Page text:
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Legal Memorandum: Unauthorized Possession of Ammunition

Issue: Is it necessary for the U.S. Government to establish that use of ammunition was unauthorized in order to obtain a criminal conviction?

Area of Law: Criminal Law
Keywords: Possession or use of ammunition; Criminal conviction
Jurisdiction: Federal, Virgin Islands
Cited Cases: None
Cited Statutes: None
Date: 10/01/2008

As an element of the offense, it is clear that the government must establish, beyond a reasonable doubt, that the possession of ammunition was unauthorized.  United States v. Daniel, 518 F.3d 205, 208 (3d Cir. 2008).  Even if there was a stipulation that a firearm possessed or used by a defendant was unlicensed, this does not permit an inference that the possession of ammunition for that firearm was “unauthorized.”  Id. at 208-09.  The government raised this precise argument in Daniel and the Third Circuit flatly rejected it.  Id.  It also rejected the government’s contention that authorization to possess ammunition is an affirmative defense that the defendant must raise. The Daniel court concluded:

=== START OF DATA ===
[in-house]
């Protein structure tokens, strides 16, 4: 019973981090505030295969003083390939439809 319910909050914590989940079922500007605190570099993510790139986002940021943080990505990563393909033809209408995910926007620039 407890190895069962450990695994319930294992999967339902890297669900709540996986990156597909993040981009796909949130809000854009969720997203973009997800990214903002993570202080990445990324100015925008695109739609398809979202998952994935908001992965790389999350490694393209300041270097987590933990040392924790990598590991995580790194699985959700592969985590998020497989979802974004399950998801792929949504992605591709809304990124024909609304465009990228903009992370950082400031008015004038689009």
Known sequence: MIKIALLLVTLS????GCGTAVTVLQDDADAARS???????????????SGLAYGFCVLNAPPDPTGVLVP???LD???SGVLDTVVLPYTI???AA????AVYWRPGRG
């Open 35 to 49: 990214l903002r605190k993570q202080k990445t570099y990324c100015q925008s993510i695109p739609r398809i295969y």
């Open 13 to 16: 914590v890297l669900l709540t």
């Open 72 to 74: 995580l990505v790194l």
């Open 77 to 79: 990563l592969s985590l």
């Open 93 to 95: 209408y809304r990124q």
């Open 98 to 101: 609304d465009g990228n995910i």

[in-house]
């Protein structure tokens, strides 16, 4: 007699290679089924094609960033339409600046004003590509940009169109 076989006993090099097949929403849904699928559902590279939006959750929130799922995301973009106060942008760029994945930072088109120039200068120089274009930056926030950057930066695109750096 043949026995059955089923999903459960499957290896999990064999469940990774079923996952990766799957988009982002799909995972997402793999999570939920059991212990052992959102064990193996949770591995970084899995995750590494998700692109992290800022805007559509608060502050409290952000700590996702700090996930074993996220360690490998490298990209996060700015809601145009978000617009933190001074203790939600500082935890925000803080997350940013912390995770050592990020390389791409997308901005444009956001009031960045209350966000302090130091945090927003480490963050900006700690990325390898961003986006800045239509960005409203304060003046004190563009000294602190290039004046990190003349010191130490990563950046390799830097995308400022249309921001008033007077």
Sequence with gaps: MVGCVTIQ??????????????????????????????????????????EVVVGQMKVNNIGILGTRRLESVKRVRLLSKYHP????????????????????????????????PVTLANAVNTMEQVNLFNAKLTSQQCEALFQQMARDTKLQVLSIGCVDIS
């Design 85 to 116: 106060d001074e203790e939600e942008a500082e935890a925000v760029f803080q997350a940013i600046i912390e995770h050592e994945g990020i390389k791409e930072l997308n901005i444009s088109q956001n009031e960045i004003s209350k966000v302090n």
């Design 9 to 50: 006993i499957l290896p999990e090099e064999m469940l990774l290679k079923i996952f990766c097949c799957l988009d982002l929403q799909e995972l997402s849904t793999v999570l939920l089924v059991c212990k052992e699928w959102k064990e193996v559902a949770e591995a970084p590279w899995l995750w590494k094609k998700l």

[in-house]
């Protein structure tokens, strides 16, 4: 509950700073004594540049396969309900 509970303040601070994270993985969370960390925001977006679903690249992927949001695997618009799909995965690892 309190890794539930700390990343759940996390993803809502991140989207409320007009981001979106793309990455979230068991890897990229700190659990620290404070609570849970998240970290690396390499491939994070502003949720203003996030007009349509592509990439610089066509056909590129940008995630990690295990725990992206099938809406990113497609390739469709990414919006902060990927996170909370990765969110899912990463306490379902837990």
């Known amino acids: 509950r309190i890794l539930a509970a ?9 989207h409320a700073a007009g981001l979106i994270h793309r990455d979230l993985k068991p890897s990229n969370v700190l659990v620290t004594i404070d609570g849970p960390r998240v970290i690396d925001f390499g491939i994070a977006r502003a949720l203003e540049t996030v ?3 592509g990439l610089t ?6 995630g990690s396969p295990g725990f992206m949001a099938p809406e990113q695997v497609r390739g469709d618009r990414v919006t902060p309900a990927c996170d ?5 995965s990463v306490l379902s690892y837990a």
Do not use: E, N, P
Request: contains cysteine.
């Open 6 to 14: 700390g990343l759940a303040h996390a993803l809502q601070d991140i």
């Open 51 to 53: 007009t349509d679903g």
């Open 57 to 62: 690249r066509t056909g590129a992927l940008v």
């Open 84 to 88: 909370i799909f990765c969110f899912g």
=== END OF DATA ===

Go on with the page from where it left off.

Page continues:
To obtain a criminal conviction, the government must establish each element of the alleged offense beyond a reasonable doubt.  In order to fulfill that requirement, the government cannot substitute proof of a lack of authorization to possess a firearm for the requisite proof of lack of authorization to possess ammunition—particularly in view of the fact that there is no apparent way under Virgin Islands law to obtain permission to possess ammunition.

Id. at 209.

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